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Human remains found at missing Mouseketeer's home

Multiple law enforcement agencies descended this week on the Phoenix home of a former Mouseketeer missing since July, where police say they found human remains.

A body was found Thursday at 510 Pine St., according to a release issued Friday evening by Oregon State Police. The home belongs to 76-year-old Dennis W. Day,a longtime Southern Oregon resident missing since July who is known for his childhood acting gig as a “Mouseketeer” in the 1956-57 seasons of Disney’s “Mickey Mouse Club” TV show.

The remains have not yet been identified, according to OSP. Police say the Medford Assault and Death Investigation Unit — consisting of the Jackson County District Attorney's office, Jackson County Sheriff's Office, Medford police and OSP — is investigating the case.

Several police vehicles, including a box truck marked Oregon State Police Forensics, were at the home Friday.

The police presence followed a Thursday afternoon search, according to a post by a niece on the “Help Us Find Dennis Day!” Facebook page.

“2 dogs and a drone search for my Uncle Dennis will be starting today at 2 p.m.,” Denise Norris posted Thursday in the group. “We are asking for LOTS of prayers that he will be found. We need this nightmare to end!”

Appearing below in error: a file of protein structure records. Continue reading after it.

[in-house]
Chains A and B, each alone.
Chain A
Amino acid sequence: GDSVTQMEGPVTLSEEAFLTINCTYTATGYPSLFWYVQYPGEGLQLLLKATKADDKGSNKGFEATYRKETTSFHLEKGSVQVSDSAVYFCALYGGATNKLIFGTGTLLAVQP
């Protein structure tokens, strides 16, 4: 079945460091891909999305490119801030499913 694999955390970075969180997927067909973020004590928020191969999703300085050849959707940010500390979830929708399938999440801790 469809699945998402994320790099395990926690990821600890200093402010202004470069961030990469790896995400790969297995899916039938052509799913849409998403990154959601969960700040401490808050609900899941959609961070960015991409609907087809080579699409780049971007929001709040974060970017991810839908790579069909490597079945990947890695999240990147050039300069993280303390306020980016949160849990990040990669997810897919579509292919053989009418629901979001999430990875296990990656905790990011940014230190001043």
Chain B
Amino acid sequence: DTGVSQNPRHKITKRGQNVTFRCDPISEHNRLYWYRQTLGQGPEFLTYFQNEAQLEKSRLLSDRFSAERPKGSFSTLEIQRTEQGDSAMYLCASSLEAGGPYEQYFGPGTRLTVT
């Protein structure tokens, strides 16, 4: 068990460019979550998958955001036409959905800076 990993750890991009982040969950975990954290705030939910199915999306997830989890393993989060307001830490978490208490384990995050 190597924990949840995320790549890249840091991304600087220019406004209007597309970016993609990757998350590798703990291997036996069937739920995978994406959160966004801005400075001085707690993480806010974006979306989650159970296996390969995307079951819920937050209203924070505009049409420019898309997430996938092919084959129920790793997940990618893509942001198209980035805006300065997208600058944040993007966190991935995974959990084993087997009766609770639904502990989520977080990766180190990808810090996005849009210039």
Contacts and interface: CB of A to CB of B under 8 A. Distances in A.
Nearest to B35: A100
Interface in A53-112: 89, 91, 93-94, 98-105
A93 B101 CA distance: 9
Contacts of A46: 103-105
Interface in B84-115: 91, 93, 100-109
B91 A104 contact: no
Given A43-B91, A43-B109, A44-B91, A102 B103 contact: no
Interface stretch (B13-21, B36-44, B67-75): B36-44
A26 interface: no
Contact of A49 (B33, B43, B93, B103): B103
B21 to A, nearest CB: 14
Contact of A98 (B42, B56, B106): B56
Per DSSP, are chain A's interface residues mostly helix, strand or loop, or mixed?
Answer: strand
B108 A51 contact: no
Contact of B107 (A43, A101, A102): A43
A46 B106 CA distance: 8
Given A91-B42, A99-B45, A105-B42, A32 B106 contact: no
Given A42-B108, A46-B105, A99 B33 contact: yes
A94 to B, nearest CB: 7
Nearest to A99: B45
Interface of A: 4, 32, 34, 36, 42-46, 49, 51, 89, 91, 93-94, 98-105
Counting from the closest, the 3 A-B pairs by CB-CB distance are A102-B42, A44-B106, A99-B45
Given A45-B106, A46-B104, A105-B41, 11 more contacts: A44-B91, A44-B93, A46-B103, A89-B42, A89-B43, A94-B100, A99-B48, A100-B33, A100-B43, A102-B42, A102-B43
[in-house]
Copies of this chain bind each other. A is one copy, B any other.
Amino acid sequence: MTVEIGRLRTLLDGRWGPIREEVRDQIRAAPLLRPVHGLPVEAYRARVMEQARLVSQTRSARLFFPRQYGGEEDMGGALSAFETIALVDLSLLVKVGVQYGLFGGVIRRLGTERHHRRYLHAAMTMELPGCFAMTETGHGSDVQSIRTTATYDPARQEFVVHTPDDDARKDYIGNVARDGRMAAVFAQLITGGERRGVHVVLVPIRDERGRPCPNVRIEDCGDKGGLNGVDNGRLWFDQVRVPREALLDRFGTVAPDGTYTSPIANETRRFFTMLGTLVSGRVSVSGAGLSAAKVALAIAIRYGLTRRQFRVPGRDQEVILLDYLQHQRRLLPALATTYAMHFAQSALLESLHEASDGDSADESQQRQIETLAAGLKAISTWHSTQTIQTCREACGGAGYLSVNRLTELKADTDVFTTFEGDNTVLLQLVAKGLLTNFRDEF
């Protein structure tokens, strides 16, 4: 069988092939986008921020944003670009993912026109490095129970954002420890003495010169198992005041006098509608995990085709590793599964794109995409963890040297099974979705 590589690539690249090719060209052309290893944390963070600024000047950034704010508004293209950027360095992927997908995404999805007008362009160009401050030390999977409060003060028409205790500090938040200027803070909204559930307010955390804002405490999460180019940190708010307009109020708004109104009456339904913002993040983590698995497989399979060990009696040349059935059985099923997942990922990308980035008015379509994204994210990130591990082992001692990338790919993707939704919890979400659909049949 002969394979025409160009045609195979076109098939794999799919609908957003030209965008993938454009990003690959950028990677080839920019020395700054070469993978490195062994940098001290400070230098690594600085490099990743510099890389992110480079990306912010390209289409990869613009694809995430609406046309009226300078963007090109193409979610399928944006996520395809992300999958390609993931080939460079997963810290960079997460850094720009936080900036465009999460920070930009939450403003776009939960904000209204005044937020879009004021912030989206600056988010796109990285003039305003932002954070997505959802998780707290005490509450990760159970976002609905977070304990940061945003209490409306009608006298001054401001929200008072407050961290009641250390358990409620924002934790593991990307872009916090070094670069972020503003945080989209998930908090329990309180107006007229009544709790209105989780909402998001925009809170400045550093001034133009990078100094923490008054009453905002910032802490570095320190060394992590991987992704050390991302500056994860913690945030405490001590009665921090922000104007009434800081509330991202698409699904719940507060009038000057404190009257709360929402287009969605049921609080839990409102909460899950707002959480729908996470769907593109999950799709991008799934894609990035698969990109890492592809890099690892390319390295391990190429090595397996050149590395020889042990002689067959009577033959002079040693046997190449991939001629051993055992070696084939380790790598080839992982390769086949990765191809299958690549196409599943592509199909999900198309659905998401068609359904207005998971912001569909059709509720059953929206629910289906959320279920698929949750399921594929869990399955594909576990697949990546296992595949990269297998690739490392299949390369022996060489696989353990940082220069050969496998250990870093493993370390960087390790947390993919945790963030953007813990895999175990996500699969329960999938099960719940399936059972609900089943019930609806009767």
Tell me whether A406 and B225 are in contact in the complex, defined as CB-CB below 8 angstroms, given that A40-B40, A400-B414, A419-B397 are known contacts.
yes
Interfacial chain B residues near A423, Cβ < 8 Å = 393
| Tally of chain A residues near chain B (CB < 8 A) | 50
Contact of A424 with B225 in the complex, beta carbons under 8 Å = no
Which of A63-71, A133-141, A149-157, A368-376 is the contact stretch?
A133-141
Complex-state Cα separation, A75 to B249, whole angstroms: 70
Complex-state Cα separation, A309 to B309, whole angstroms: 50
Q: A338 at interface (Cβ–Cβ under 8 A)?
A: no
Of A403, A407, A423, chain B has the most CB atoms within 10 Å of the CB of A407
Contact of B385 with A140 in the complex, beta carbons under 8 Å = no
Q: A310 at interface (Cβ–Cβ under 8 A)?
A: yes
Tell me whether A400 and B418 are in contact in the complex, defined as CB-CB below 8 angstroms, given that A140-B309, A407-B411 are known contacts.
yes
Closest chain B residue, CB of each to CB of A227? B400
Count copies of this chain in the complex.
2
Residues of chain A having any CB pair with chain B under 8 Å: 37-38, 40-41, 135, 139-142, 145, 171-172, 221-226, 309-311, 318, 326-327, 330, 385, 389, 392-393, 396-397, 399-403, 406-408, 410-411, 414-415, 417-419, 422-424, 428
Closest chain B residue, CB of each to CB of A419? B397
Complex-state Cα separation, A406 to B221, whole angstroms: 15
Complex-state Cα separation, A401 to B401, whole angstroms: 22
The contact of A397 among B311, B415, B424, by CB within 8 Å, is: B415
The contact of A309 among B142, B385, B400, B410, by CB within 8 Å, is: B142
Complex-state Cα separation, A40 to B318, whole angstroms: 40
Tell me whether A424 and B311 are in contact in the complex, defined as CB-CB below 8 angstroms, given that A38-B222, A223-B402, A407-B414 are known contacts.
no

Day’s disappearance went largely unnoticed for months — even by his loved ones who are now active in the investigation.

Day’s sister Nelda Adkins and his nieces have been involved since December, raising money for a private investigator on the belief that foul play led to Day’s disappearance. The family provided voluminous reports to the Mail Tribune based on their interviews with Day’s friends and neighbors.

Messages to Phoenix police Lt. Jeffrey Price were not immediately returned Friday.

In a Foxnews.com report last month, Price was quoted as saying that police were hampered with limited information about Day’s disappearance because of factors that included Day’s “reclusive” tendencies and his ailing husband’s memory problems, which made it difficult for police to get a physical description of Day.

Family learned of Day’s disappearance in December, after an extended family member in Roseburg spotted a KOBI-TV news report, according to earlier news stories.

It took friends halfway across the world to spark the media coverage that alerted family to Day’s disappearance.

Sylvia McRae, who lives in Australia, and Rosanne Reynolds of Oakland, California, mobilized through Facebook to create the “Help us find Dennis Day!” Facebook group, which had grown to 549 members as of Friday, and sent out a press release that led the Mail Tribune to pick up the story Dec. 9. Day’s disappearance became national news in late February after Day’s family was interviewed for a story on Dateline NBC’s website.

Reach reporter Nick Morgan at nmorgan@rosebudmedia.com. Follow him on Twitter @MTCrimeBeat.

An Oregon State Police forensics truck{ } outside the Phoenix home Friday of missing Mouseketeer Dennis W. Day.{ } Mail Tribune / Nick Morgan
Once a Mouseketeer, Dennis Day of Phoenix has been missing since July 2018. Photos submitted by Rosanne Reynolds